SCSS vs. SASS

Have you ever wondered why the file extension for Sass is .scss? I have. It never made sense to me why the file extension was just one letter off. Did someone make a mistake that just never got fixed? Did they want to be different from the other big css pre-compiler, Less, whose file extension is .less?

Well, for those of you who are like me and have wondered about this rather trivial piece of information, I now know why the file extension for Sass is .scss. There are actually two different file extensions you can use with sass, one being .sass and the other being .scss. In the beginning of Sass, there was only one file extension: .sass. When using this file extension, you don't put curly braces after your selectors, and indenting of the properties is enforced, like so:

h1
    margin-top: 15px;
    font-size: 40px;

This creates a bit of a barrier to entry because those who are used to css have to get into the habit of not including curly braces and making sure they indent. Therefore, a new file extension, .scss, was born. When using .scss, the syntax is the same as normal css, but with the added benefit of the features of sass:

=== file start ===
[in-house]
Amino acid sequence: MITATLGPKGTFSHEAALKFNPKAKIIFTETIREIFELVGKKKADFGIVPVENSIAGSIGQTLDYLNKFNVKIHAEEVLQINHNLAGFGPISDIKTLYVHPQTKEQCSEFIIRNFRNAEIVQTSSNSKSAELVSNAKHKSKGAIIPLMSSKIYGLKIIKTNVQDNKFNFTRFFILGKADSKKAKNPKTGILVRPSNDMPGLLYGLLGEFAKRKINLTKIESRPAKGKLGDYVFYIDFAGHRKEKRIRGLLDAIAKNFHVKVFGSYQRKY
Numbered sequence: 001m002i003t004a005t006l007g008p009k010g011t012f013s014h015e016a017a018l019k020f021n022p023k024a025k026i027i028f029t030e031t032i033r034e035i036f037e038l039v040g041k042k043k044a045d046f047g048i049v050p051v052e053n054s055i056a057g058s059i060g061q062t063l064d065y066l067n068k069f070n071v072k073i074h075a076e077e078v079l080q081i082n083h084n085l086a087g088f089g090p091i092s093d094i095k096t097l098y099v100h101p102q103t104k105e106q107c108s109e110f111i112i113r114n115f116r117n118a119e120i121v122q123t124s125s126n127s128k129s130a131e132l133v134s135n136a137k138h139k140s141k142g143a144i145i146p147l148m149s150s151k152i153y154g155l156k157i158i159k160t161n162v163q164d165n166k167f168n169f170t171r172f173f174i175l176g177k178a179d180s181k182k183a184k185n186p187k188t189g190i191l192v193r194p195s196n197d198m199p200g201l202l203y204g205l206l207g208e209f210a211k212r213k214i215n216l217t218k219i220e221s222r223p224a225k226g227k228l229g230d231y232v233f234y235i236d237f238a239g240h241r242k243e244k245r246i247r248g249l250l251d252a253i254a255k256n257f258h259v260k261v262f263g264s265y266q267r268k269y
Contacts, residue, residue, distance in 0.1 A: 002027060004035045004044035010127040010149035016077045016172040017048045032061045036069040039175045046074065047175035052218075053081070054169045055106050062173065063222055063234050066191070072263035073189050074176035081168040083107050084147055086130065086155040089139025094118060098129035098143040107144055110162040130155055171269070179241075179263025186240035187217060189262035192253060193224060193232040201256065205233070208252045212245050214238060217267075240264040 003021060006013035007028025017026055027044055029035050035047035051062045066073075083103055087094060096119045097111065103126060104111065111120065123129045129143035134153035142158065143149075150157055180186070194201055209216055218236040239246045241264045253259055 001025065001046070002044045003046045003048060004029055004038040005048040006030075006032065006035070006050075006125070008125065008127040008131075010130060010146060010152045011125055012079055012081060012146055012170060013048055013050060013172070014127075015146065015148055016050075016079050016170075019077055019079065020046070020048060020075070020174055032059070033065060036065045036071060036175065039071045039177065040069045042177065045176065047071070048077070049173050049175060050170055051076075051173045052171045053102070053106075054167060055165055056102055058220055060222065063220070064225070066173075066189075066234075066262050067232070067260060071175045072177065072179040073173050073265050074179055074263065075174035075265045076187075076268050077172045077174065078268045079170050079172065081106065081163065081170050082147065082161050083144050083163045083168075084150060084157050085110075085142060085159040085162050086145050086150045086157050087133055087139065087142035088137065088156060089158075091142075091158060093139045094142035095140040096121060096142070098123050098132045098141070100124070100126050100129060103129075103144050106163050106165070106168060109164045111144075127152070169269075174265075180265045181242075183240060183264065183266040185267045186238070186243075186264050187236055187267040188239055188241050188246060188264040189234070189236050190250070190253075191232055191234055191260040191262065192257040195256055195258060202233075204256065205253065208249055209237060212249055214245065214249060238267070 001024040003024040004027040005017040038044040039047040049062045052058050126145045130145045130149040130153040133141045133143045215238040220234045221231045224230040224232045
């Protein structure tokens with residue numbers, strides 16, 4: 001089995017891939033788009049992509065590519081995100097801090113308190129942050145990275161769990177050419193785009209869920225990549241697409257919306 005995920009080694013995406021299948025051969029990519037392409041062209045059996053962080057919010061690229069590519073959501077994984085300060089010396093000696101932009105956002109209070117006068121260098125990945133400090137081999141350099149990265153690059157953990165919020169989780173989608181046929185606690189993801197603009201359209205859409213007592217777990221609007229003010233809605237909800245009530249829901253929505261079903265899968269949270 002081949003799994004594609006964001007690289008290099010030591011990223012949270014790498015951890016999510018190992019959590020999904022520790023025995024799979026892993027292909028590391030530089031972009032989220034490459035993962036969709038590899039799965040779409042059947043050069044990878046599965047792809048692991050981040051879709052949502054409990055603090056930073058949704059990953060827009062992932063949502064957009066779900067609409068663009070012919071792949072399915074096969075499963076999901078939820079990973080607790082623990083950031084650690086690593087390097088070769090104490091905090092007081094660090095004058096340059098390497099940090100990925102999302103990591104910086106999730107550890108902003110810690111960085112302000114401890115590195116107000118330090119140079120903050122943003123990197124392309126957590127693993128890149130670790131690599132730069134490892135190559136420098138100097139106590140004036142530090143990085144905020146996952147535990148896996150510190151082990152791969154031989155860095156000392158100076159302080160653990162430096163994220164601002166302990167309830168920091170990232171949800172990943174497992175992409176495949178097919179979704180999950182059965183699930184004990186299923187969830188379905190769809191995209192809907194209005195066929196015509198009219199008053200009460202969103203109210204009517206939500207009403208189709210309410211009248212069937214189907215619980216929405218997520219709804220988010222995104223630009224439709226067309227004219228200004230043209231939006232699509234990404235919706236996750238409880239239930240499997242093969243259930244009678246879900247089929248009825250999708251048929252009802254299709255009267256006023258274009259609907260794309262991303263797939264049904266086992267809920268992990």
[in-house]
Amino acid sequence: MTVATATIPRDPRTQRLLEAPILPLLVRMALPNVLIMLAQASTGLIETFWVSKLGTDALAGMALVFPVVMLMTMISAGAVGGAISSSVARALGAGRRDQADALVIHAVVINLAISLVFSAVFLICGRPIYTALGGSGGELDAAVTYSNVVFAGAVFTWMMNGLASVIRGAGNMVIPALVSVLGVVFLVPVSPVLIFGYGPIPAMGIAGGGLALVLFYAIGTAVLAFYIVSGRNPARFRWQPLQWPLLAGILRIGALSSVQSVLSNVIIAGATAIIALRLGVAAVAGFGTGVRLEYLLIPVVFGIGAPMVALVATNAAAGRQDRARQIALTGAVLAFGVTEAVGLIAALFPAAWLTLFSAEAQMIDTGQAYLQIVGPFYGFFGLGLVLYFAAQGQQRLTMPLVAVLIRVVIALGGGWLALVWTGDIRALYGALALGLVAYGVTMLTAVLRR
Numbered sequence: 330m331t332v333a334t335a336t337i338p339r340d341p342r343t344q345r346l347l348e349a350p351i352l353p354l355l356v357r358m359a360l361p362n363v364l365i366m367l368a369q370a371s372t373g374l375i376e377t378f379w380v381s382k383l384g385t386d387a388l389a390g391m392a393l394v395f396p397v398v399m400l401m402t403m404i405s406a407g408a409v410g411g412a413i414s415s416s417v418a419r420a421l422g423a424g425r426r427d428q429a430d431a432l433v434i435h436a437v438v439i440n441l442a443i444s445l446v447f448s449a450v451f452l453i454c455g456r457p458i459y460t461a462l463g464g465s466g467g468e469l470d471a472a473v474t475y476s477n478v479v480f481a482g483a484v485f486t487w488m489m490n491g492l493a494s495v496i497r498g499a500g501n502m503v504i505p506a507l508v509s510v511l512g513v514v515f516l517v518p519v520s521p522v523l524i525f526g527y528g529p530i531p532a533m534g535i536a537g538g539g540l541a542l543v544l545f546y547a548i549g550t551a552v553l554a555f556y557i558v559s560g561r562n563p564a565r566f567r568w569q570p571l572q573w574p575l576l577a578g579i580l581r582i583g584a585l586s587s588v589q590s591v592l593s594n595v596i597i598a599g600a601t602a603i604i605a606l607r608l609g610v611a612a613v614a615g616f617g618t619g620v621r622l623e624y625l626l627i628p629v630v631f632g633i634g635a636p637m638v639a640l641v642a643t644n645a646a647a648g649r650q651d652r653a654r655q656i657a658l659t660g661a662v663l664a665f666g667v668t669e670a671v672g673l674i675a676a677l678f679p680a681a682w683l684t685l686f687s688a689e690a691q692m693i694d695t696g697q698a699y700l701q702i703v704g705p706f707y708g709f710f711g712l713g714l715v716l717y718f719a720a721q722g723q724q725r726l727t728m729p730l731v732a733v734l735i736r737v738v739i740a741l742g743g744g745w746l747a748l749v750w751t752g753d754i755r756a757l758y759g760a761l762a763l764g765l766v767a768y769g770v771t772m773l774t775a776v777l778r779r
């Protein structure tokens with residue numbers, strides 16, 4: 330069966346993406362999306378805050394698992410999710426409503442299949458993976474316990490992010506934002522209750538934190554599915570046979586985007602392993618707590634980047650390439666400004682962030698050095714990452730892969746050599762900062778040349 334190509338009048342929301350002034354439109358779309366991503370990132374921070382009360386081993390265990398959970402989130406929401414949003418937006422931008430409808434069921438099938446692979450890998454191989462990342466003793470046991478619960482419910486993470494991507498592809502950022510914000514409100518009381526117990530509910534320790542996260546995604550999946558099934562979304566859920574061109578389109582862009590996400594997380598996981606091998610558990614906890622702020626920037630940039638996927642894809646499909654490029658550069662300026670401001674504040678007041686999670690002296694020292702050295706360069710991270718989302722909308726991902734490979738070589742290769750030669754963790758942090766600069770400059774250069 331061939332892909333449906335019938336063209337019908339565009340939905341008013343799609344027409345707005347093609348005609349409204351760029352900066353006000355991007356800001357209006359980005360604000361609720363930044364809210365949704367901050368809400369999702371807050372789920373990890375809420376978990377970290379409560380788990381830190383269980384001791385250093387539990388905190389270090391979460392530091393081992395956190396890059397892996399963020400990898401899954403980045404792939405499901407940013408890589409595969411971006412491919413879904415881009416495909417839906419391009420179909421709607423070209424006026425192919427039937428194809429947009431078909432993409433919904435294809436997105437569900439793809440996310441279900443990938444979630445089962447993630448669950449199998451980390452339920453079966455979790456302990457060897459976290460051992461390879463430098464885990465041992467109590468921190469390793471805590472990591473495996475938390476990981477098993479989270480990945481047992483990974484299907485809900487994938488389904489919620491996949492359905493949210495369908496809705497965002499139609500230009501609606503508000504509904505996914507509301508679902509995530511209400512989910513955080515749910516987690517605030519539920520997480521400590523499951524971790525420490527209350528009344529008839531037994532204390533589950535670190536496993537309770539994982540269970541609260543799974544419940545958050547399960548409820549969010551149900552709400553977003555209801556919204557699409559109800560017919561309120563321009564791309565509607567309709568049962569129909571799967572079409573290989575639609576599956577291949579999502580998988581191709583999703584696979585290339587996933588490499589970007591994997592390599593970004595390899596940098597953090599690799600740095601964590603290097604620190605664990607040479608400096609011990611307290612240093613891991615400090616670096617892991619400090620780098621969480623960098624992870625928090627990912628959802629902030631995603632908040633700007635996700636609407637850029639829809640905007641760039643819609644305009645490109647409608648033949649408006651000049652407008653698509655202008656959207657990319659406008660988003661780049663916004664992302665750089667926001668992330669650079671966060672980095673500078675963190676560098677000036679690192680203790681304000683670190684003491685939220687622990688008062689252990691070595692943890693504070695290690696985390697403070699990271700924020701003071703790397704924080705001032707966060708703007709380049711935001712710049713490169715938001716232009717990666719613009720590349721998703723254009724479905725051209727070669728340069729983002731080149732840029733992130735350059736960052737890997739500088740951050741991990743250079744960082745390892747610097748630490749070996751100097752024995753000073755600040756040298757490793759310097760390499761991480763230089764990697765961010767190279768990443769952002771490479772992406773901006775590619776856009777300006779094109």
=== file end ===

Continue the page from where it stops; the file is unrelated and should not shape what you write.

h1 {
    @extend .heading;
    margin: {
        top: 15px;
    }
    font: {
        size: 40px;
    }
}

The .scss file extension stands for "sassy css" because it behaves like css, but has all the features of Sass. Because most developers are already familiar with css syntax, it's much more common to see the .scss extension, so much so that I didn't even know the .sass file extension existed. A great mystery has now been solved!